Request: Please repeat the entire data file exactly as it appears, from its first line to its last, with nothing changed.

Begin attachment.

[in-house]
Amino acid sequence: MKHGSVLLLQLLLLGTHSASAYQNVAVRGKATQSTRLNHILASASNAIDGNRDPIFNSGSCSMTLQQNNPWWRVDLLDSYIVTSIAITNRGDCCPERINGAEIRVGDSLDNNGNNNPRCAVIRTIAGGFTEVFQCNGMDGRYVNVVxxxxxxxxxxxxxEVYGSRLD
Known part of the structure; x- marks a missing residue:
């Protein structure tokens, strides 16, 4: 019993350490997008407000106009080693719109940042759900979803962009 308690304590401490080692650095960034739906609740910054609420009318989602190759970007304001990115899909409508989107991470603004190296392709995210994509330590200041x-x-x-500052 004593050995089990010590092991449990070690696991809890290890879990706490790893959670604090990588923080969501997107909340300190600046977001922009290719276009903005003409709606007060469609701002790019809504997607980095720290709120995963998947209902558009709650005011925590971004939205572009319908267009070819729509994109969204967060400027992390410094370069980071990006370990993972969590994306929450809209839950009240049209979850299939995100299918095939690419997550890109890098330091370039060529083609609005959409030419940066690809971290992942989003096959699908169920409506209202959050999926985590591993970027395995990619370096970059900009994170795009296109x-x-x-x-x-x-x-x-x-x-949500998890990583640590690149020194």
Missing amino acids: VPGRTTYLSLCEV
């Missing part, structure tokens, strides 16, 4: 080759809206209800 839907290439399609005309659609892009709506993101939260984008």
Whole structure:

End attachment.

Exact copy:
[in-house]
Amino acid sequence: MKHGSVLLLQLLLLGTHSASAYQNVAVRGKATQSTRLNHILASASNAIDGNRDPIFNSGSCSMTLQQNNPWWRVDLLDSYIVTSIAITNRGDCCPERINGAEIRVGDSLDNNGNNNPRCAVIRTIAGGFTEVFQCNGMDGRYVNVVxxxxxxxxxxxxxEVYGSRLD
Known part of the structure; x- marks a missing residue:
């Protein structure tokens, strides 16, 4: 019993350490997008407000106009080693719109940042759900979803962009 308690304590401490080692650095960034739906609740910054609420009318989602190759970007304001990115899909409508989107991470603004190296392709995210994509330590200041x-x-x-500052 004593050995089990010590092991449990070690696991809890290890879990706490790893959670604090990588923080969501997107909340300190600046977001922009290719276009903005003409709606007060469609701002790019809504997607980095720290709120995963998947209902558009709650005011925590971004939205572009319908267009070819729509994109969204967060400027992390410094370069980071990006370990993972969590994306929450809209839950009240049209979850299939995100299918095939690419997550890109890098330091370039060529083609609005959409030419940066690809971290992942989003096959699908169920409506209202959050999926985590591993970027395995990619370096970059900009994170795009296109x-x-x-x-x-x-x-x-x-x-949500998890990583640590690149020194």
Missing amino acids: VPGRTTYLSLCEV
């Missing part, structure tokens, strides 16, 4: 080759809206209800 839907290439399609005309659609892009709506993101939260984008």
Whole structure: